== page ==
Vanilla thriller about a race to nab software capable of shutting down cyberspace.
On the heels of six John Rain thrillers, Eisler (Requiem for an Assassin, 2007, etc.) turns to a stand alone with a fadeout that suggests it won’t be standing alone for long. The author brings on a familiar cast, with each character raising a question that nudges along the plot. There’s Richard Hilzoy, about to patent Oracle, “to security software what Dolby was to sound.” But Hilzoy withholds from his buyers something vital about the software. Perhaps that’s the reason someone rubs him out. Then there’s Alex Treven, the bland, blonde, blue-eyed lawyer who hopes landing Oracle will make him a partner at his firm. More flamboyant is Alex’s brother, Ben, at the start a hired assassin about to kill two Iranians in Turkey. In awkward flashbacks, Eisler details the family trauma behind Alex and Ben’s estrangement. Asked to drive his sister Katie, a high-school senior, home from a party, Ben, besotted with a woman at the fete, asks someone else to do the honors. The substitute driver crashes, killing Katie. Ben shirks responsibility, turning, somewhat implausibly, into a cold, ruthless killer. Will he melt and reconcile with his brother? The chance to do that comes when Alex seeks his help after it appears someone is ready to kill anyone with anything to do with Oracle. Ben grudgingly agrees to help, though he distrusts Alex’s assistant, Sarah Hosseini, largely because she’s Iranian. For her part, Sarah has never experienced an orgasm. Will she and Ben combust? Eisler ticks off answers to his questions. He reveals the tricky and surprising story behind Oracle. He turns Ben and Alex’s rehash of the past into several second-drawer Arthur Miller confrontations. And he signs off as Ben and Sarah heat up. As for color in the telling, clichés abound: “destiny was like a freight train”; “He was a needle in a haystack, a drop in the ocean.”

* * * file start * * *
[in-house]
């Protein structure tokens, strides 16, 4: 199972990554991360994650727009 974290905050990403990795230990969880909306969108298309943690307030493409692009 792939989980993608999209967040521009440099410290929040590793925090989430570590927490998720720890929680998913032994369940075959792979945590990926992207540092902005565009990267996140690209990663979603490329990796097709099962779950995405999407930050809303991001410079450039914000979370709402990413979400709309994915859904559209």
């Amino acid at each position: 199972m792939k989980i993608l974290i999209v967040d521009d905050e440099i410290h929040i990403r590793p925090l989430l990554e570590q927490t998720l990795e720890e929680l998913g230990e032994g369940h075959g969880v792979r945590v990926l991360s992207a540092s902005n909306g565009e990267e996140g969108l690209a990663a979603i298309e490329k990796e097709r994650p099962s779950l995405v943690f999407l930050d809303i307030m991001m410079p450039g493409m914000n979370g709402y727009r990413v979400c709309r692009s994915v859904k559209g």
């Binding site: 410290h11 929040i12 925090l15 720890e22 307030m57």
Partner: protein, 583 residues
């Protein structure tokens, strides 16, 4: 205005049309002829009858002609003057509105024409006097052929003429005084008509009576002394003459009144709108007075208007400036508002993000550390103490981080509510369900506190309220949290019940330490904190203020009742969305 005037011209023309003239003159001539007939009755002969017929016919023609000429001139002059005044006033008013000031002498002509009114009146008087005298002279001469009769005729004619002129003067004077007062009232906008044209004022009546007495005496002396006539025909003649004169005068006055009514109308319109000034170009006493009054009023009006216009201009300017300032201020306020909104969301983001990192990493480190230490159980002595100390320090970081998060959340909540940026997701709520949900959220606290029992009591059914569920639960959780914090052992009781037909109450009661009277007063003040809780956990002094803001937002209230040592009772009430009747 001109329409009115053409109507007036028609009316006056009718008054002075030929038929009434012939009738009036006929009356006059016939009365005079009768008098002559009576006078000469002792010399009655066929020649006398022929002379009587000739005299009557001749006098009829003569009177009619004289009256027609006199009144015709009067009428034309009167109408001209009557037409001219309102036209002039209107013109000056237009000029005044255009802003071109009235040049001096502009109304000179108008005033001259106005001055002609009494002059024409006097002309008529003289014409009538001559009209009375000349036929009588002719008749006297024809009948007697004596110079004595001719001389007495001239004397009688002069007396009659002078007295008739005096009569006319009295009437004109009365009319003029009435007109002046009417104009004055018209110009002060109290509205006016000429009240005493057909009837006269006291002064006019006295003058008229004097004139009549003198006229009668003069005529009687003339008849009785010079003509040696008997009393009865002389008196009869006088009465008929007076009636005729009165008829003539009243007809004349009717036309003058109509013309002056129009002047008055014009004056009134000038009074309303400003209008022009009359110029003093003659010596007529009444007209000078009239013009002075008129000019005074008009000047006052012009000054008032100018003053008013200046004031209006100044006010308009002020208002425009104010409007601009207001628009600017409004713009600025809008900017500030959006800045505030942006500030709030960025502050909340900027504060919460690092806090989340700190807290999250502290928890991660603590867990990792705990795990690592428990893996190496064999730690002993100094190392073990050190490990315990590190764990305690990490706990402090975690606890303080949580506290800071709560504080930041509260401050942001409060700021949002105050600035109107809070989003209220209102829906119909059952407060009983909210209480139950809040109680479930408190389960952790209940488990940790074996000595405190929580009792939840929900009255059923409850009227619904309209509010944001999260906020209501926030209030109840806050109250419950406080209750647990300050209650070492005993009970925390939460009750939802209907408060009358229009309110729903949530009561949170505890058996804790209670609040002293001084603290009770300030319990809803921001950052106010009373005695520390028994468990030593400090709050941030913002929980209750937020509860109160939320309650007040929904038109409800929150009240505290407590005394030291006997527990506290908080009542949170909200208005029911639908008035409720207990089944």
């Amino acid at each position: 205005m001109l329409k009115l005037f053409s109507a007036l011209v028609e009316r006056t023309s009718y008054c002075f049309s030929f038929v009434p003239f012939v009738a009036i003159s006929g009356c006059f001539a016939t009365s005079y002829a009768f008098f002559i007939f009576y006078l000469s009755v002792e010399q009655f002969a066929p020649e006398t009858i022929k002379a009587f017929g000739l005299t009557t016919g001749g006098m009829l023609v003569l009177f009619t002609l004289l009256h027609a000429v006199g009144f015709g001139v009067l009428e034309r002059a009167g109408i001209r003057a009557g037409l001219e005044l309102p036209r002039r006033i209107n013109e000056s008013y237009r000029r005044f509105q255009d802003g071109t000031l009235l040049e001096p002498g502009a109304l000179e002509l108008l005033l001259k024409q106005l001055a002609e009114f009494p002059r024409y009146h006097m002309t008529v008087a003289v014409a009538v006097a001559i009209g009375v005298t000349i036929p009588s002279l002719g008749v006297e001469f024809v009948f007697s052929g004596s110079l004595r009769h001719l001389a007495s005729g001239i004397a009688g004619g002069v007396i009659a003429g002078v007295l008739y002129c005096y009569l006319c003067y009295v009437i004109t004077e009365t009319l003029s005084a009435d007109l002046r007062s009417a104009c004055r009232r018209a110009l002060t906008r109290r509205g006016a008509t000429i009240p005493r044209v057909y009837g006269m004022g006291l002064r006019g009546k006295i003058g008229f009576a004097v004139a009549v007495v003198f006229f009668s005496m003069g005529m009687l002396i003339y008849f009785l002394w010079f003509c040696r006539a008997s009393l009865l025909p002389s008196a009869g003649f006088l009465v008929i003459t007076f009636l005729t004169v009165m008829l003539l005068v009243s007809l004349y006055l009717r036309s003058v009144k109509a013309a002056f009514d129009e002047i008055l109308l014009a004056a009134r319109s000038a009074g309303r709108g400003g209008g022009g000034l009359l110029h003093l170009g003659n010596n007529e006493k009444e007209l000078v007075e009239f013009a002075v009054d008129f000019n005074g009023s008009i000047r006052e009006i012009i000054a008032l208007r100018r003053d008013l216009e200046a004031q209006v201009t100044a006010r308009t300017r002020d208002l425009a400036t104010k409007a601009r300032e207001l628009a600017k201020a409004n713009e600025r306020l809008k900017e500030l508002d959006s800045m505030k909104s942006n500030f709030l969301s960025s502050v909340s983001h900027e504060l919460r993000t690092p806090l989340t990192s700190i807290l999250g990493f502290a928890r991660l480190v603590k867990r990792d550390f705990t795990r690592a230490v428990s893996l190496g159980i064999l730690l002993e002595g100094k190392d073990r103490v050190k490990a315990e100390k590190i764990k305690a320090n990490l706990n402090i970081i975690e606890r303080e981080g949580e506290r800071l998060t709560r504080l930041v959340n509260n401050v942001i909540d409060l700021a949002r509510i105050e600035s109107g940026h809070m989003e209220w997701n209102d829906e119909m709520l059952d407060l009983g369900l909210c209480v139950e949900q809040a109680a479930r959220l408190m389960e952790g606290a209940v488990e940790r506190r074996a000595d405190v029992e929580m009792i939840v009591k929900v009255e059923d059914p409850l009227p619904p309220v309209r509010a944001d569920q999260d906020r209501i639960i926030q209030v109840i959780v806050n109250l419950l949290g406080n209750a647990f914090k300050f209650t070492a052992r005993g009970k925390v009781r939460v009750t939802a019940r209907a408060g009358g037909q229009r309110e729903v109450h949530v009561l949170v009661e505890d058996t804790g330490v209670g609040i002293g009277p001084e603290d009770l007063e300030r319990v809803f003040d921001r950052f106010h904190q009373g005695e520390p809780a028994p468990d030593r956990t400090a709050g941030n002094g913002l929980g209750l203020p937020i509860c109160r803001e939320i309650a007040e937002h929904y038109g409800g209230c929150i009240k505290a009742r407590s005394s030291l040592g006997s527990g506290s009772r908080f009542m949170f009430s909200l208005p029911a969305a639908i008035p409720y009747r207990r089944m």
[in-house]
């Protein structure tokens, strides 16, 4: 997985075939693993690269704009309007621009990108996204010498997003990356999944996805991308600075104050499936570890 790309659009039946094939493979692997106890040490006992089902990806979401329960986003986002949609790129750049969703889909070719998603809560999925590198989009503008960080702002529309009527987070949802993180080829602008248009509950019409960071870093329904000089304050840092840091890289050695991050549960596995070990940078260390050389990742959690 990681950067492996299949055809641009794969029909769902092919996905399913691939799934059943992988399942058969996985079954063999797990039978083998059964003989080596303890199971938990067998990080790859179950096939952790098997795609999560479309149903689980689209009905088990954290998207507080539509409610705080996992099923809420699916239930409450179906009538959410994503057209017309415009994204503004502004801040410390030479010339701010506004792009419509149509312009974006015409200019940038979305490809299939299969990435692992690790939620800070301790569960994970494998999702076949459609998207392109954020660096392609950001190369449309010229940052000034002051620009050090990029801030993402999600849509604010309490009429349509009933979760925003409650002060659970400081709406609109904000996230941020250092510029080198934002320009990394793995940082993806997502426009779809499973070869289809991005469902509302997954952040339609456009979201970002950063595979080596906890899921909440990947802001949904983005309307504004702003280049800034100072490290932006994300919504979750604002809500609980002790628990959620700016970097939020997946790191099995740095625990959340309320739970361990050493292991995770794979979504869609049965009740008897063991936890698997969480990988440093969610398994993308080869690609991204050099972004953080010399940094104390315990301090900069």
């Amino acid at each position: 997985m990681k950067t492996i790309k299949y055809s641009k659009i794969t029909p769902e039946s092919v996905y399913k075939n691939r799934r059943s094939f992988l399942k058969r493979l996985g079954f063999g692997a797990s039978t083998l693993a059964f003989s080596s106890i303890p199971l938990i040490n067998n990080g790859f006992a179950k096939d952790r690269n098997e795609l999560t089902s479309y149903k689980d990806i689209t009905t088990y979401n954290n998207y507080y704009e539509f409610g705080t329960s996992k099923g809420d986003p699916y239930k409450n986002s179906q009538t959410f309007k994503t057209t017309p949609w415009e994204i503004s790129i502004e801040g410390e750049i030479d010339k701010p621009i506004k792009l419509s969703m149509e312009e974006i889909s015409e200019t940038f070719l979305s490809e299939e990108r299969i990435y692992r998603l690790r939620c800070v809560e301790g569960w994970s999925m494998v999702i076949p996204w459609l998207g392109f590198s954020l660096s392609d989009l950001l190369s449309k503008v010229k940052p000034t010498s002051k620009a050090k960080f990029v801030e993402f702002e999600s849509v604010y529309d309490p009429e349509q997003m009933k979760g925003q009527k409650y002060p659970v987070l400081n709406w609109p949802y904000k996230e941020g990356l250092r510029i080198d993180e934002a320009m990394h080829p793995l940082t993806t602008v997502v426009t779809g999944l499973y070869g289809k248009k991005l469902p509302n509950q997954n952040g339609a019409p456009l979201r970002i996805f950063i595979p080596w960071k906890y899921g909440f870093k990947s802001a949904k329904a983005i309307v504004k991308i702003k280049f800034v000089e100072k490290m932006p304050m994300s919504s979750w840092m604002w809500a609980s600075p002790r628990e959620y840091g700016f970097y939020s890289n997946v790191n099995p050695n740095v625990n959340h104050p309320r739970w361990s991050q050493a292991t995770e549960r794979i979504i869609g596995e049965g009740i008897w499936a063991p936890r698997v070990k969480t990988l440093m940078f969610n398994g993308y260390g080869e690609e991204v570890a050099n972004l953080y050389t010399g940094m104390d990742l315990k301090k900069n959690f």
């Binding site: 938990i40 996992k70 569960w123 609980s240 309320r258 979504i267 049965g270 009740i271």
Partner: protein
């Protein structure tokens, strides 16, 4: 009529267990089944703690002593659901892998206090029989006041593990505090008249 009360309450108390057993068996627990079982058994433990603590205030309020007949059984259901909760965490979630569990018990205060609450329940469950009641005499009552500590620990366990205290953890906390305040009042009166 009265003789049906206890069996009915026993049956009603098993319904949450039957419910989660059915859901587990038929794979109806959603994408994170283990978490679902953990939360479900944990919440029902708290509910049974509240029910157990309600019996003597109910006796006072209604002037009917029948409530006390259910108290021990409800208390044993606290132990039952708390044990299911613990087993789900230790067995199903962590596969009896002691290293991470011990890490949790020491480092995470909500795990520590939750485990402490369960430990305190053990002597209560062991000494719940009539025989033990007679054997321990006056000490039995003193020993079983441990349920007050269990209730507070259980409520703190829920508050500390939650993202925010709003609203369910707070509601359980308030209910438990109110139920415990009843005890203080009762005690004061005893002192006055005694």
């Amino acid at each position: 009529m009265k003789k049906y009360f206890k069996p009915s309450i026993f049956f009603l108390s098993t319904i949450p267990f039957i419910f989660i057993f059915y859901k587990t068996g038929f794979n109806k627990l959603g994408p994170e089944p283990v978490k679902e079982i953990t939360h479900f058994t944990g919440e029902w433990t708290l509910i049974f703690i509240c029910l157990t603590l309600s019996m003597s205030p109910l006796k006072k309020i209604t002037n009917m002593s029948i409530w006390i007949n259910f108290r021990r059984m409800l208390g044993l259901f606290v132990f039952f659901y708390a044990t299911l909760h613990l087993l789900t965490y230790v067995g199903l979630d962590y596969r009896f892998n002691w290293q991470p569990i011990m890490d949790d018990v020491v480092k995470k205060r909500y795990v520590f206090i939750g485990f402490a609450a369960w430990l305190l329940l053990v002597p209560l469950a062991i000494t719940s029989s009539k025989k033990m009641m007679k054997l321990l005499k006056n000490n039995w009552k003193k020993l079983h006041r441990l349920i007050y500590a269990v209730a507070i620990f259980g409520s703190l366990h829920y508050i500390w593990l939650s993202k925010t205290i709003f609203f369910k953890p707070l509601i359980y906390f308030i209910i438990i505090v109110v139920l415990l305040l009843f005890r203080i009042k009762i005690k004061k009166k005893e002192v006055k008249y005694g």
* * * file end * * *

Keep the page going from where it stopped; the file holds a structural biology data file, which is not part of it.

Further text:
Sure to set the pulse steadying.